Of course, it is only one set of benchmarks. There are many confounding factors. Did the algorithmic choices favour the AVX2 ISA? It is possible. Thankfully all of the source code is available so any such bias can be assessed.

ARM MacBook vs Intel MacBook

Up to yesterday, my laptop was a large 15-inch MacBook Pro. It contains an Intel Kaby Lake processor (3.8 GHz). I just got a brand-new 13-inch 2020 MacBook Pro with Apple’s M1 ARM chip (3.2 GHz).

How do they compare? I like precise data points.

Recently, I have been busy benchmarking number parsing routines where you convert a string into a floating-point number. That seems like an interesting comparison. In my basic tests, I generate random floating-point numbers in the unit interval (0,1) and I parse them back exactly. The decimal significand spans 17 digits.

I run the same benchmarking program on both machines. I am compiling both benchmarks identically, using Apple builtin’s Xcode system with the LLVM C++ compiler. Evidently, the binaries will differ since one is an ARM binary and the other is a x64 binary. Both machines have been updated to the most recent compiler and operating system.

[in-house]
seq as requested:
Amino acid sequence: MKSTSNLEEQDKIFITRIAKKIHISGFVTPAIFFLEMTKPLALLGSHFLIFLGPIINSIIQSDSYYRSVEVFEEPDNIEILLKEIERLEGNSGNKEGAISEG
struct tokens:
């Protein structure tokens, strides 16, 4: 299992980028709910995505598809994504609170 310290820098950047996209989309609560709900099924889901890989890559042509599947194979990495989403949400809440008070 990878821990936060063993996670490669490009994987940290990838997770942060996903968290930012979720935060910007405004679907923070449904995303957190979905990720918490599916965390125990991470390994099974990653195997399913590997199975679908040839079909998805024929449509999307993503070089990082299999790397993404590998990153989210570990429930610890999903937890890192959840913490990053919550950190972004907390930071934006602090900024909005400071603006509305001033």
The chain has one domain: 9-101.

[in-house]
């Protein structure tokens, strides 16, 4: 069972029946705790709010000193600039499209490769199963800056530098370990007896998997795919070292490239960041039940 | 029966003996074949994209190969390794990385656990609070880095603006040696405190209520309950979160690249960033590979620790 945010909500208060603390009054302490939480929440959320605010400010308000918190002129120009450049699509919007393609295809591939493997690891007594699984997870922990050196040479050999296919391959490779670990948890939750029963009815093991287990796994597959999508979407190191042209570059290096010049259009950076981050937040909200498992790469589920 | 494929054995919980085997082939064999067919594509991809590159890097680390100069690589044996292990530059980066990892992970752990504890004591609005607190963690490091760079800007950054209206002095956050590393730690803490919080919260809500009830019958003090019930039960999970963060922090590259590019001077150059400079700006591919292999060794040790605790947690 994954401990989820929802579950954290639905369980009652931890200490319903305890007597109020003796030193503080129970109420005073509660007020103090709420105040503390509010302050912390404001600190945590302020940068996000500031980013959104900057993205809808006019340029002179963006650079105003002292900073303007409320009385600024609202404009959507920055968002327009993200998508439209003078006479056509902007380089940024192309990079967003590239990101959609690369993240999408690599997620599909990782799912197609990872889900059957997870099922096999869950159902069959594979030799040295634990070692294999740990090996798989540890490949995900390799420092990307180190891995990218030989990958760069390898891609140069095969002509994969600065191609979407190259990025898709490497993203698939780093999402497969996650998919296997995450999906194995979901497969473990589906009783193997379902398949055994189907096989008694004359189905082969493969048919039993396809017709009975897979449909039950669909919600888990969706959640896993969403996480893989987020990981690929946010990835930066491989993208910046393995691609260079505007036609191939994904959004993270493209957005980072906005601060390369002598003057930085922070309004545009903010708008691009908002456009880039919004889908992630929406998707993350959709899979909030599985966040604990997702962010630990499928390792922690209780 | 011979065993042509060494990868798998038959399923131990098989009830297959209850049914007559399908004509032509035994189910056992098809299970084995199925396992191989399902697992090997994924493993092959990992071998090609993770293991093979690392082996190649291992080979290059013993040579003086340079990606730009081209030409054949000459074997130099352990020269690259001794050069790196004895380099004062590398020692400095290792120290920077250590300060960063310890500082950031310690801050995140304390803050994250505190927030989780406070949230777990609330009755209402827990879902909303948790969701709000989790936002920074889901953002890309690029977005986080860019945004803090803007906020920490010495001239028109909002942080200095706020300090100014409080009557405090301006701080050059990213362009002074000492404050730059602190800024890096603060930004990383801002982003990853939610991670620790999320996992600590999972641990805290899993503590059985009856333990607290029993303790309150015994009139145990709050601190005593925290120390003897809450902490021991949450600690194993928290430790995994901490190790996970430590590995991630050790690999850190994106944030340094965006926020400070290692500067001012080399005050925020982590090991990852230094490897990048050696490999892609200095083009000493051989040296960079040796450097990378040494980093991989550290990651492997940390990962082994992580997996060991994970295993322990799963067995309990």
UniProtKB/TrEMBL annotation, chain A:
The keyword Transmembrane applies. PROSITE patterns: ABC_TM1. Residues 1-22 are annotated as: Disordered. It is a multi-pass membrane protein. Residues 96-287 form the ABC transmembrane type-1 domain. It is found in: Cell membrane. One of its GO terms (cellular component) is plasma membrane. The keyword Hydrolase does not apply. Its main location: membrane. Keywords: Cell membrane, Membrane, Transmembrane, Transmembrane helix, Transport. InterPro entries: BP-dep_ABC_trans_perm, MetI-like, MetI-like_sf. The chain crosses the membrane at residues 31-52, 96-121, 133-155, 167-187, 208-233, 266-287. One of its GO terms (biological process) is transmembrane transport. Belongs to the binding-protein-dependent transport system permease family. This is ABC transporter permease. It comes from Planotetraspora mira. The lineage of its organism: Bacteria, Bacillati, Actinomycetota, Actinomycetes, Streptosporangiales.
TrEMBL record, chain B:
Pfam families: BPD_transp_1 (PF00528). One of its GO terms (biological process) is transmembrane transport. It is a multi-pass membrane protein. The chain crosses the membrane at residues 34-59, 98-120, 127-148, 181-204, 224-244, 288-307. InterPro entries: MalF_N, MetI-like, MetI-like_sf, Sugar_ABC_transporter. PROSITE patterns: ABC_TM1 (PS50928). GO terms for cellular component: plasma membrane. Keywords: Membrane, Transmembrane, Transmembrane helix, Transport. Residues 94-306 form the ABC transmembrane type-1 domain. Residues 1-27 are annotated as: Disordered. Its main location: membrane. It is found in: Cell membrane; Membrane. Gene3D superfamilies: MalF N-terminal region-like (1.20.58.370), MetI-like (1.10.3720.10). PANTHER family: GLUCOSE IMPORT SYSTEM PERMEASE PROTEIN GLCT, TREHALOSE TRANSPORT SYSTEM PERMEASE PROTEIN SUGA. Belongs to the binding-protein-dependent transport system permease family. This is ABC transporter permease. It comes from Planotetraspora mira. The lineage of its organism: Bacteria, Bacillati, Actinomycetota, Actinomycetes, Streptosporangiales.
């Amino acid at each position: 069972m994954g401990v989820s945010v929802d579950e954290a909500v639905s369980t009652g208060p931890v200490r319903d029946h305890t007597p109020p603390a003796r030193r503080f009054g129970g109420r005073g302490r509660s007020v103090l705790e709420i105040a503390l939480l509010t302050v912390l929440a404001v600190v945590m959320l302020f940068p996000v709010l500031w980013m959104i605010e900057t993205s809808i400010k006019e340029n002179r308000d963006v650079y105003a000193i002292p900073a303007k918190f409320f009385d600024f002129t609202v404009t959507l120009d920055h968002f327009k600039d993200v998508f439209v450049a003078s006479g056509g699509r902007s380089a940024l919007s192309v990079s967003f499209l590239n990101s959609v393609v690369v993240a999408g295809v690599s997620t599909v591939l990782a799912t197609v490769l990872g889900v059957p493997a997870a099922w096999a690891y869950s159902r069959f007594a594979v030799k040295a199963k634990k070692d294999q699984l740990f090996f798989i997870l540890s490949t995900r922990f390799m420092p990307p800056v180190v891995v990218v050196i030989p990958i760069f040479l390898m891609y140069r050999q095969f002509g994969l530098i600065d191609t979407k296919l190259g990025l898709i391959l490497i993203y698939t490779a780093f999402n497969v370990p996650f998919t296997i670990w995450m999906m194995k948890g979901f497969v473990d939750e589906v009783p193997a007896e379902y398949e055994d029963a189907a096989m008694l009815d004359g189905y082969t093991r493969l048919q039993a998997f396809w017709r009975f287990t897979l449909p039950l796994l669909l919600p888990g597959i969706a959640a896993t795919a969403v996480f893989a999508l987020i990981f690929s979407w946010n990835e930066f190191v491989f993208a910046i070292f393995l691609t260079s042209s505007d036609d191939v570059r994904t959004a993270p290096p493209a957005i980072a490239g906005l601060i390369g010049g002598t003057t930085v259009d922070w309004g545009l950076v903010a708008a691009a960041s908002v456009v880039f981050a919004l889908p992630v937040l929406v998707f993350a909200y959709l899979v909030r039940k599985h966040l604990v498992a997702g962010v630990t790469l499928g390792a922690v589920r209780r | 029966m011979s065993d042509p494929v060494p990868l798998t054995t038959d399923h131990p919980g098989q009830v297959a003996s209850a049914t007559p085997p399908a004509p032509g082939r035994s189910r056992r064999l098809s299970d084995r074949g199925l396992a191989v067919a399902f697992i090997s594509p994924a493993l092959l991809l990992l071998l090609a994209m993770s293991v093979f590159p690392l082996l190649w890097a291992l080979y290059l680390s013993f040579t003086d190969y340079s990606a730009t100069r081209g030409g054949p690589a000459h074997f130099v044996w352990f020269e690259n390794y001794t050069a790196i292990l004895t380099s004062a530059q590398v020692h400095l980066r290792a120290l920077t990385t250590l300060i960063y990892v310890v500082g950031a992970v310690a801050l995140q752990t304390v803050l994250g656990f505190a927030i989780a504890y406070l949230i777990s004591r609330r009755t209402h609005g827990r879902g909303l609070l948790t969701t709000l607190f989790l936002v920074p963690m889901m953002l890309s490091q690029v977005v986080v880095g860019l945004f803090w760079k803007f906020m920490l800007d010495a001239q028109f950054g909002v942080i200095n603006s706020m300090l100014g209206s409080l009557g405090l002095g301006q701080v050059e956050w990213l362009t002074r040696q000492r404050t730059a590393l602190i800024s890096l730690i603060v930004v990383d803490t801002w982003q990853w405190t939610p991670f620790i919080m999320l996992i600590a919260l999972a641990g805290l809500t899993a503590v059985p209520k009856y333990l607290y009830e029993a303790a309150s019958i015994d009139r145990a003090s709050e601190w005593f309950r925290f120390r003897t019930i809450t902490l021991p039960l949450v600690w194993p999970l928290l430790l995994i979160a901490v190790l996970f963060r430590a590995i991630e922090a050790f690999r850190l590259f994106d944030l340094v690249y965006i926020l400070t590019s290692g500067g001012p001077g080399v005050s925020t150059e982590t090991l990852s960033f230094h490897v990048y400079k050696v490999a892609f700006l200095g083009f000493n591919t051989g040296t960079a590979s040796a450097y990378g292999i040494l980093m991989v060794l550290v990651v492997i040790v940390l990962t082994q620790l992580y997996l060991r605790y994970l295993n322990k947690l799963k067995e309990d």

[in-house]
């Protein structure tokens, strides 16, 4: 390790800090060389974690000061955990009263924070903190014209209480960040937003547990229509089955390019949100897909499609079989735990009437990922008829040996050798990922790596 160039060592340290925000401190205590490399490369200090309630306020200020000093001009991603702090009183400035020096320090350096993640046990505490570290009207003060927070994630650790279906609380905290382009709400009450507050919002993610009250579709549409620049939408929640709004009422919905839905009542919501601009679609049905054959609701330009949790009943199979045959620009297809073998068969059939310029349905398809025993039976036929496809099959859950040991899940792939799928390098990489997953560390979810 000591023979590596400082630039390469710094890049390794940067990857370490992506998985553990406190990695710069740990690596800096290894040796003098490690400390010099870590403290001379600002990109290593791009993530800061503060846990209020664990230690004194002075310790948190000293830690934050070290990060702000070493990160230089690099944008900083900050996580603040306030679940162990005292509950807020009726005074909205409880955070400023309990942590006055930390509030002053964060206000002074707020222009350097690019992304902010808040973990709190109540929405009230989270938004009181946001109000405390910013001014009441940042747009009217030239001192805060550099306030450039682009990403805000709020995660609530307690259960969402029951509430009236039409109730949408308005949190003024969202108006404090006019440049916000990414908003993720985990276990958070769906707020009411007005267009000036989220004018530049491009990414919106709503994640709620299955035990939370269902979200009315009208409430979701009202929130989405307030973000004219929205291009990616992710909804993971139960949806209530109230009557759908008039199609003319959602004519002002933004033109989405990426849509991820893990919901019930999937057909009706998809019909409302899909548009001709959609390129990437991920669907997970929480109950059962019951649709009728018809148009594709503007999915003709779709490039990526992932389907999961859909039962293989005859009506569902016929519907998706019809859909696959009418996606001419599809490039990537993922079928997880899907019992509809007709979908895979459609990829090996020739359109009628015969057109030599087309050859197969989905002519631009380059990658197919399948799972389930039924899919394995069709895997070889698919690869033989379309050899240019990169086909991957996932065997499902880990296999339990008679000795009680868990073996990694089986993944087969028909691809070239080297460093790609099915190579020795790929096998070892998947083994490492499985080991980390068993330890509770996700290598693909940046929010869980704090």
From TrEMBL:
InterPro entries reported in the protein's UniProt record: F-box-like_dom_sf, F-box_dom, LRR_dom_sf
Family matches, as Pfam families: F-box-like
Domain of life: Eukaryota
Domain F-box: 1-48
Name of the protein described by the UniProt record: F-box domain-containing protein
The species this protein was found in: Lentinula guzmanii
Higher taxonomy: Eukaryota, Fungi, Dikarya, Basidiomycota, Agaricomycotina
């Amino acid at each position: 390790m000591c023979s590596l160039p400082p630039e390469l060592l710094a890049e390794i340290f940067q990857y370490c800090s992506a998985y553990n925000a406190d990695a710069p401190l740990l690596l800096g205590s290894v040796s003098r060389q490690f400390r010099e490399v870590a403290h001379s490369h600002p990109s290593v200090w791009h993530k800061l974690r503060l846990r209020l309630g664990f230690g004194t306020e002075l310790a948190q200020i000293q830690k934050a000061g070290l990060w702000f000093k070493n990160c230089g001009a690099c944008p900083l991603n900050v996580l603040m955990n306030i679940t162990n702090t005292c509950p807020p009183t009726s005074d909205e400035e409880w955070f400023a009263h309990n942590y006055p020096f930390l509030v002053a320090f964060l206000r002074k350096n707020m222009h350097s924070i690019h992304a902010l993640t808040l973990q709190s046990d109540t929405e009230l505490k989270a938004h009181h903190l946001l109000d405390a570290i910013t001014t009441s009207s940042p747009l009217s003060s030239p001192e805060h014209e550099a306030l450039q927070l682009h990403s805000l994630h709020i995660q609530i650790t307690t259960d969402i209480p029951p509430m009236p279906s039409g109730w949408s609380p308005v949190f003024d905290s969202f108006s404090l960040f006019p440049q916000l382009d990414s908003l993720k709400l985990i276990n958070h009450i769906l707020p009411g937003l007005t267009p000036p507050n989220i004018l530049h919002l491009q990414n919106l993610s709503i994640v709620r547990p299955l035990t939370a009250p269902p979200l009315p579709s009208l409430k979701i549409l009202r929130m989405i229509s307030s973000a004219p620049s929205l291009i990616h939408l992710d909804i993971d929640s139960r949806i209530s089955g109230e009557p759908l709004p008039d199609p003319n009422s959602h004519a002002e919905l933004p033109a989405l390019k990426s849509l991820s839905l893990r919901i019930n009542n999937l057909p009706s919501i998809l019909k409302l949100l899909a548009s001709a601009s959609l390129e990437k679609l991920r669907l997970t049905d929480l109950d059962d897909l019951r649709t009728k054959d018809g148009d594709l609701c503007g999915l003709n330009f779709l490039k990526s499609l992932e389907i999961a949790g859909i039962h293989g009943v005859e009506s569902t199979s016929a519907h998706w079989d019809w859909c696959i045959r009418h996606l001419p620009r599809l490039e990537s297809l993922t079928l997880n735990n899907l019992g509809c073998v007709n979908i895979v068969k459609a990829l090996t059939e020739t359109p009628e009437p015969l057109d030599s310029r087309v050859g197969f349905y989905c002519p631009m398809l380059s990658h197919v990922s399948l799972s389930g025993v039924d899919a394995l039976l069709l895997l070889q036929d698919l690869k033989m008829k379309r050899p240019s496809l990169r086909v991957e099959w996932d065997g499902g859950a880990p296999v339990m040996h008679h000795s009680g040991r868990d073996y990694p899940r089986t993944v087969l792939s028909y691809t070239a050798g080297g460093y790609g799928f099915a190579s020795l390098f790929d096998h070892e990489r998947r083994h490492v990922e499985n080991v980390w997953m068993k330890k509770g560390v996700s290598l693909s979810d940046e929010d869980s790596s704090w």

My results are as follows:

Intel x64 Apple M1 difference
strtod 80 MB/s 115 MB/s 40%
abseil 460 MB/s 580 MB/s 25%
fast_float 1000 MB/s 1800 MB/s 80%

My benchmarking software is available on GitHub. To reproduce, install Apple’s Xcode (with command line tools), CMake (install for command-line use) and type cmake -B build && cmake --build build && ./build/benchmarks/benchmark. It uses the the default Release mode in CMake (flags -O3 -DNDEBUG).

I do not yet understand why the fast_float library is so much faster on the Apple M1. It contains no ARM-specific optimization.

Note: I dislike benchmarking on laptops. In this case, the tests are short and I do not expect the processors to be thermally constrained.

Update. The original post had the following statement:

In some respect, the Apple M1 chip is far inferior to my older Intel processor. The Intel processor has nifty 256-bit SIMD instructions. The Apple chip has nothing of the sort as part of its main CPU. So I could easily come up with examples that make the M1 look bad.

This turns out to be false. See my post ARM MacBook vs Intel MacBook: a SIMD benchmark

Science and Technology (December 5th 2020)

  1. Researchers find that older people can lose weight just as easily as younger people.
  2. Google DeepMind claims to have solved the protein folding problem, an important problem in medicine. This breakthrough could greatly accelerate drug development and lead to new cures. Yet,not everyone is convinced that they actually solved the problem.